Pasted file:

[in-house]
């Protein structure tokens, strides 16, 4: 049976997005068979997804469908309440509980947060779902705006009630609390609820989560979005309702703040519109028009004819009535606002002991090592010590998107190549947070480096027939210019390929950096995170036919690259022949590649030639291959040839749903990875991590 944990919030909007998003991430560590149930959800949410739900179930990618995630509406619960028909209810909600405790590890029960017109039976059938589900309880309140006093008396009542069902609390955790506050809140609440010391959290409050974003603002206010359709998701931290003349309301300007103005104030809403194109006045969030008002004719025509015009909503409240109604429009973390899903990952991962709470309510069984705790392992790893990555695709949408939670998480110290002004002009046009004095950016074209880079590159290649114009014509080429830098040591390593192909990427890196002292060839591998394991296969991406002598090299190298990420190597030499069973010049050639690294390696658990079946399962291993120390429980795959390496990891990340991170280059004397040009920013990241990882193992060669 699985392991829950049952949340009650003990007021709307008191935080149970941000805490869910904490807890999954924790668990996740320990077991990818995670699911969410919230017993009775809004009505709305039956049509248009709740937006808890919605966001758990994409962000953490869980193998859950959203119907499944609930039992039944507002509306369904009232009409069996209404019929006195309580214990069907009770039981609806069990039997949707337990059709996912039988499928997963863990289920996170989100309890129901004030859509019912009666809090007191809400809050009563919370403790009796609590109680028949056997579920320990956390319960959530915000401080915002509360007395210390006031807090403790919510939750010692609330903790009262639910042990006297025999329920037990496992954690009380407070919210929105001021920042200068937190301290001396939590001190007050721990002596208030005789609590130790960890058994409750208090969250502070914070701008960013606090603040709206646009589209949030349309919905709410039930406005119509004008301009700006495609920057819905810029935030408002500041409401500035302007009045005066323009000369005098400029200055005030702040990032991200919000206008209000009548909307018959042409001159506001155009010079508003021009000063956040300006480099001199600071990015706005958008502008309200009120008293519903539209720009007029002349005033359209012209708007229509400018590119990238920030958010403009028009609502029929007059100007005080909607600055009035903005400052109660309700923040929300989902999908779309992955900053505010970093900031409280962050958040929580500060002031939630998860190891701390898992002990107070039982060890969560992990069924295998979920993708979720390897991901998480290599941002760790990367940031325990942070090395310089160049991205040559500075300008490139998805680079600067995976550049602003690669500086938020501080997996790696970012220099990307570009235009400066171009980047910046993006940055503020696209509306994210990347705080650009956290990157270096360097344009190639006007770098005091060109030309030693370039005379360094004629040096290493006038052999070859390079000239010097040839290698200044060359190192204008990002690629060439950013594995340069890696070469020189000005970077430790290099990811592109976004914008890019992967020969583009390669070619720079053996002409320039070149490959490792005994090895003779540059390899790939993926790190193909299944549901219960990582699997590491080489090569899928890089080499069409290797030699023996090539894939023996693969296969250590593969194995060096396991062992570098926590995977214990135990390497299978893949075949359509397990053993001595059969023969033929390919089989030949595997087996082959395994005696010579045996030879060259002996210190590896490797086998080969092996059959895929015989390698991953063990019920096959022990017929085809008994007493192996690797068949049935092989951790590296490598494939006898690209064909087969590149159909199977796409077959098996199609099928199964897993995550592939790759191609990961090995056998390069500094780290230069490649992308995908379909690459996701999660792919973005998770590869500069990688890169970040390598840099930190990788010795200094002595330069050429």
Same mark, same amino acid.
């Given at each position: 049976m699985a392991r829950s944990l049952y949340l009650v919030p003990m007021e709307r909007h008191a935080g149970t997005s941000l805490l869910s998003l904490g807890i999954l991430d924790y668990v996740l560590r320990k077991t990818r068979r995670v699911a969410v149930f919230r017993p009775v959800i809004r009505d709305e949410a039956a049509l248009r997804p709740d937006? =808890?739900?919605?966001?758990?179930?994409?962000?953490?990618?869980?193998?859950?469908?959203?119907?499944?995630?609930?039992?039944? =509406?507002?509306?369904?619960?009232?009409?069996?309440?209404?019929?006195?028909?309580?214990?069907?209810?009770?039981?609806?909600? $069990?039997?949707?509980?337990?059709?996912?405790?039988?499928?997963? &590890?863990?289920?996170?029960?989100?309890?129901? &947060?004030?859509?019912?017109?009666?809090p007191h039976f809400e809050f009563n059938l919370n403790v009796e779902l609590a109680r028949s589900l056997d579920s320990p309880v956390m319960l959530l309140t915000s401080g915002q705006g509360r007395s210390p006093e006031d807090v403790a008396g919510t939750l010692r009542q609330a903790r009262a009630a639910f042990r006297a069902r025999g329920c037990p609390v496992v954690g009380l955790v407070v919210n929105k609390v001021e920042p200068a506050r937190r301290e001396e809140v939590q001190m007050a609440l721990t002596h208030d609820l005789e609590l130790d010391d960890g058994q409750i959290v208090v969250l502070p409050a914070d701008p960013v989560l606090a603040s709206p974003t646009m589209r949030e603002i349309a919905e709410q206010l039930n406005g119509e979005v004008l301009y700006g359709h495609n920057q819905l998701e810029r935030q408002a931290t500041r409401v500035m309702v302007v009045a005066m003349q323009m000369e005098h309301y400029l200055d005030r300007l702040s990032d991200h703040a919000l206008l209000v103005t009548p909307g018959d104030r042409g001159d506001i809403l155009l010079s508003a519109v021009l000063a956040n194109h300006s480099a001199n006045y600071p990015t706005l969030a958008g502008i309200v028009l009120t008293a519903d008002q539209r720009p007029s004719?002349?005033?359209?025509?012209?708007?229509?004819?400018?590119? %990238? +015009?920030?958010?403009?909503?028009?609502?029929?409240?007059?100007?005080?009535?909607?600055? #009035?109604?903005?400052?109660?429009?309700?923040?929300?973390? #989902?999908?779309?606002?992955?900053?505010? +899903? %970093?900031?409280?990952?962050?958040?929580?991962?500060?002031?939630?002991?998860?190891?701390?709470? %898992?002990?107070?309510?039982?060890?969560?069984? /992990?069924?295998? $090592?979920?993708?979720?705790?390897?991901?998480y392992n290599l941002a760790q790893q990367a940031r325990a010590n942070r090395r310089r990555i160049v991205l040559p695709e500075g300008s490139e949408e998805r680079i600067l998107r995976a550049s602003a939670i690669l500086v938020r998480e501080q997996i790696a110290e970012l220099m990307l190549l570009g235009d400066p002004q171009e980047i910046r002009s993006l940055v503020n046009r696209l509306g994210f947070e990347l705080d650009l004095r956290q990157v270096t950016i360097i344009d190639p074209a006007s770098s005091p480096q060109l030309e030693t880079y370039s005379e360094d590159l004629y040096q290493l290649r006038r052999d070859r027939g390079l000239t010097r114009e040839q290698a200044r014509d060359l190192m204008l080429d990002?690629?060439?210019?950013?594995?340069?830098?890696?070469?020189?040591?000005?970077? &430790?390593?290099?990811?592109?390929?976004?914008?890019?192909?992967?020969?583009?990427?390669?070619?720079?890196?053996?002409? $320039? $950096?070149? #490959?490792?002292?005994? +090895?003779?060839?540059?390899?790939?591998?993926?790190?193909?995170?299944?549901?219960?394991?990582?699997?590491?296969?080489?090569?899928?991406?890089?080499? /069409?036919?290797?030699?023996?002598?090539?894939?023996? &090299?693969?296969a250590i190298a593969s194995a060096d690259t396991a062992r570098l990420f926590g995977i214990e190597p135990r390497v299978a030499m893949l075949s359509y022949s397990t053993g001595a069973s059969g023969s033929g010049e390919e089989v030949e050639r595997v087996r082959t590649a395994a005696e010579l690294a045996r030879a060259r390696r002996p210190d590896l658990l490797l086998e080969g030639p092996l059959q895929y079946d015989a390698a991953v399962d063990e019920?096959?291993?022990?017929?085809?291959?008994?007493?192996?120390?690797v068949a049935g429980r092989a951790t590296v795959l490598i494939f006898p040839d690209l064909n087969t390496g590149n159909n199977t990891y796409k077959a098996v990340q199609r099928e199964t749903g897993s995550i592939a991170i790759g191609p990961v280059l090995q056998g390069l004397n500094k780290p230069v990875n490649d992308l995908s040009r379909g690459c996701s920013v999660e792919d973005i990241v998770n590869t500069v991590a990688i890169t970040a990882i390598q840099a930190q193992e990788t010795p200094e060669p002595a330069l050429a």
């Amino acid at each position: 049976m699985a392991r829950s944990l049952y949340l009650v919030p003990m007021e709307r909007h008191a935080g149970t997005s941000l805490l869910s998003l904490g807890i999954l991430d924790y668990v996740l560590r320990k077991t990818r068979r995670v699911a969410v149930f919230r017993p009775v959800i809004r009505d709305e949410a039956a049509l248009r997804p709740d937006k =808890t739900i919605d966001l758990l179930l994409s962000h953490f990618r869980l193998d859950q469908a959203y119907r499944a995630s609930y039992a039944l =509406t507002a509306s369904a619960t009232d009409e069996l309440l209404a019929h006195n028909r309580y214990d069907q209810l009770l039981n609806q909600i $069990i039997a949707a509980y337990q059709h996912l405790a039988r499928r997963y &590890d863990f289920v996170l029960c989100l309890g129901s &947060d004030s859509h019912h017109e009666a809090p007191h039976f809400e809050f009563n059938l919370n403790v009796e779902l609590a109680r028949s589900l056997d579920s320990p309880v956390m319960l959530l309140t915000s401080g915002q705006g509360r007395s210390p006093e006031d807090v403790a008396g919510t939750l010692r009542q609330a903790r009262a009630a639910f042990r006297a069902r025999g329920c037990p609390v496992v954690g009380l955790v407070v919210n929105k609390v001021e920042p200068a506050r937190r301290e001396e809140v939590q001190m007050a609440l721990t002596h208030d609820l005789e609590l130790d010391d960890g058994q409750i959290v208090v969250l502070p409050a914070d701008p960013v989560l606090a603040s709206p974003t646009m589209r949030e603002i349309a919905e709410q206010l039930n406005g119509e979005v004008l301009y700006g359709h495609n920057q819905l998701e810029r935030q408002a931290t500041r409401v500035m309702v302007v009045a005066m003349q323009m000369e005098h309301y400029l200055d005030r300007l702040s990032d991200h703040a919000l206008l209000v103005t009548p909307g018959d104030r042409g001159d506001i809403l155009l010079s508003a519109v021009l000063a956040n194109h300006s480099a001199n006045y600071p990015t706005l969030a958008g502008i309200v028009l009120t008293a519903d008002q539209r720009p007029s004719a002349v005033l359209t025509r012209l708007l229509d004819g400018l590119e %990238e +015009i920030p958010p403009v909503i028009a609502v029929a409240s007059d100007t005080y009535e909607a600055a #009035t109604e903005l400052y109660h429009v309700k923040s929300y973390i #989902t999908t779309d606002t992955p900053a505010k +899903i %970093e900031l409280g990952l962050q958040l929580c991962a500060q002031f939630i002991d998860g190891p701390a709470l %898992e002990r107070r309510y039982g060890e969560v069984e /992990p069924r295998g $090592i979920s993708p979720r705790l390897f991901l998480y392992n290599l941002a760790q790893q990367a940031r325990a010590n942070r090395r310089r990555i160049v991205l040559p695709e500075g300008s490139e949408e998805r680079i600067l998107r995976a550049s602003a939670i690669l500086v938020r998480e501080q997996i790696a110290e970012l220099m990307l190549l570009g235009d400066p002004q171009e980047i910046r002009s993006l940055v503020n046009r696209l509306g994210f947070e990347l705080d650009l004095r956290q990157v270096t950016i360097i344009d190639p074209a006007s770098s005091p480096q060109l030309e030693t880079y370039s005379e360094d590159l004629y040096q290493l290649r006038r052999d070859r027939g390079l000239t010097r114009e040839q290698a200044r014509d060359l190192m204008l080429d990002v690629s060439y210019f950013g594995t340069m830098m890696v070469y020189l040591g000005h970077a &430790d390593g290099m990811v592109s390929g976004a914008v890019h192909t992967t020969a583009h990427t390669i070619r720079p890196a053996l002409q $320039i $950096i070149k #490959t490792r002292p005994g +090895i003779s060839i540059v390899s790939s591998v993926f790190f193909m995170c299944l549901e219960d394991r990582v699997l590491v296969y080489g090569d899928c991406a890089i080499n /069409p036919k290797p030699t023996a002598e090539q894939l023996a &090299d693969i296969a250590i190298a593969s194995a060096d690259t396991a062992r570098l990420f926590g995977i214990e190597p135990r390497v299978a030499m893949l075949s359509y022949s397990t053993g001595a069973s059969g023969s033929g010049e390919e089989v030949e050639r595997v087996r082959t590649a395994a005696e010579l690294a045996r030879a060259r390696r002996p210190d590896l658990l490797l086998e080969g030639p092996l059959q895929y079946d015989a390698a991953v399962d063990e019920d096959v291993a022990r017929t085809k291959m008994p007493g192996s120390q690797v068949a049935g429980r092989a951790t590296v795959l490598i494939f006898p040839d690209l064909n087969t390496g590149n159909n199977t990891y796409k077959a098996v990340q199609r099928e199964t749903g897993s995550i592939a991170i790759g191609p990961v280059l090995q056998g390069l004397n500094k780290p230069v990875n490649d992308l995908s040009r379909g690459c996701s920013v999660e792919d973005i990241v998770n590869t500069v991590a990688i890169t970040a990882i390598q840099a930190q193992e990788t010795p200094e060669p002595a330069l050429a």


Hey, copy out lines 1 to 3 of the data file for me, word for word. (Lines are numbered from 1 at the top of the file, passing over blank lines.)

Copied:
[in-house]
């Protein structure tokens, strides 16, 4: 049976997005068979997804469908309440509980947060779902705006009630609390609820989560979005309702703040519109028009004819009535606002002991090592010590998107190549947070480096027939210019390929950096995170036919690259022949590649030639291959040839749903990875991590 944990919030909007998003991430560590149930959800949410739900179930990618995630509406619960028909209810909600405790590890029960017109039976059938589900309880309140006093008396009542069902609390955790506050809140609440010391959290409050974003603002206010359709998701931290003349309301300007103005104030809403194109006045969030008002004719025509015009909503409240109604429009973390899903990952991962709470309510069984705790392992790893990555695709949408939670998480110290002004002009046009004095950016074209880079590159290649114009014509080429830098040591390593192909990427890196002292060839591998394991296969991406002598090299190298990420190597030499069973010049050639690294390696658990079946399962291993120390429980795959390496990891990340991170280059004397040009920013990241990882193992060669 699985392991829950049952949340009650003990007021709307008191935080149970941000805490869910904490807890999954924790668990996740320990077991990818995670699911969410919230017993009775809004009505709305039956049509248009709740937006808890919605966001758990994409962000953490869980193998859950959203119907499944609930039992039944507002509306369904009232009409069996209404019929006195309580214990069907009770039981609806069990039997949707337990059709996912039988499928997963863990289920996170989100309890129901004030859509019912009666809090007191809400809050009563919370403790009796609590109680028949056997579920320990956390319960959530915000401080915002509360007395210390006031807090403790919510939750010692609330903790009262639910042990006297025999329920037990496992954690009380407070919210929105001021920042200068937190301290001396939590001190007050721990002596208030005789609590130790960890058994409750208090969250502070914070701008960013606090603040709206646009589209949030349309919905709410039930406005119509004008301009700006495609920057819905810029935030408002500041409401500035302007009045005066323009000369005098400029200055005030702040990032991200919000206008209000009548909307018959042409001159506001155009010079508003021009000063956040300006480099001199600071990015706005958008502008309200009120008293519903539209720009007029002349005033359209012209708007229509400018590119990238920030958010403009028009609502029929007059100007005080909607600055009035903005400052109660309700923040929300989902999908779309992955900053505010970093900031409280962050958040929580500060002031939630998860190891701390898992002990107070039982060890969560992990069924295998979920993708979720390897991901998480290599941002760790990367940031325990942070090395310089160049991205040559500075300008490139998805680079600067995976550049602003690669500086938020501080997996790696970012220099990307570009235009400066171009980047910046993006940055503020696209509306994210990347705080650009956290990157270096360097344009190639006007770098005091060109030309030693370039005379360094004629040096290493006038052999070859390079000239010097040839290698200044060359190192204008990002690629060439950013594995340069890696070469020189000005970077430790290099990811592109976004914008890019992967020969583009390669070619720079053996002409320039070149490959490792005994090895003779540059390899790939993926790190193909299944549901219960990582699997590491080489090569899928890089080499069409290797030699023996090539894939023996693969296969250590593969194995060096396991062992570098926590995977214990135990390497299978893949075949359509397990053993001595059969023969033929390919089989030949595997087996082959395994005696010579045996030879060259002996210190590896490797086998080969092996059959895929015989390698991953063990019920096959022990017929085809008994007493192996690797068949049935092989951790590296490598494939006898690209064909087969590149159909199977796409077959098996199609099928199964897993995550592939790759191609990961090995056998390069500094780290230069490649992308995908379909690459996701999660792919973005998770590869500069990688890169970040390598840099930190990788010795200094002595330069050429």
Same mark, same amino acid.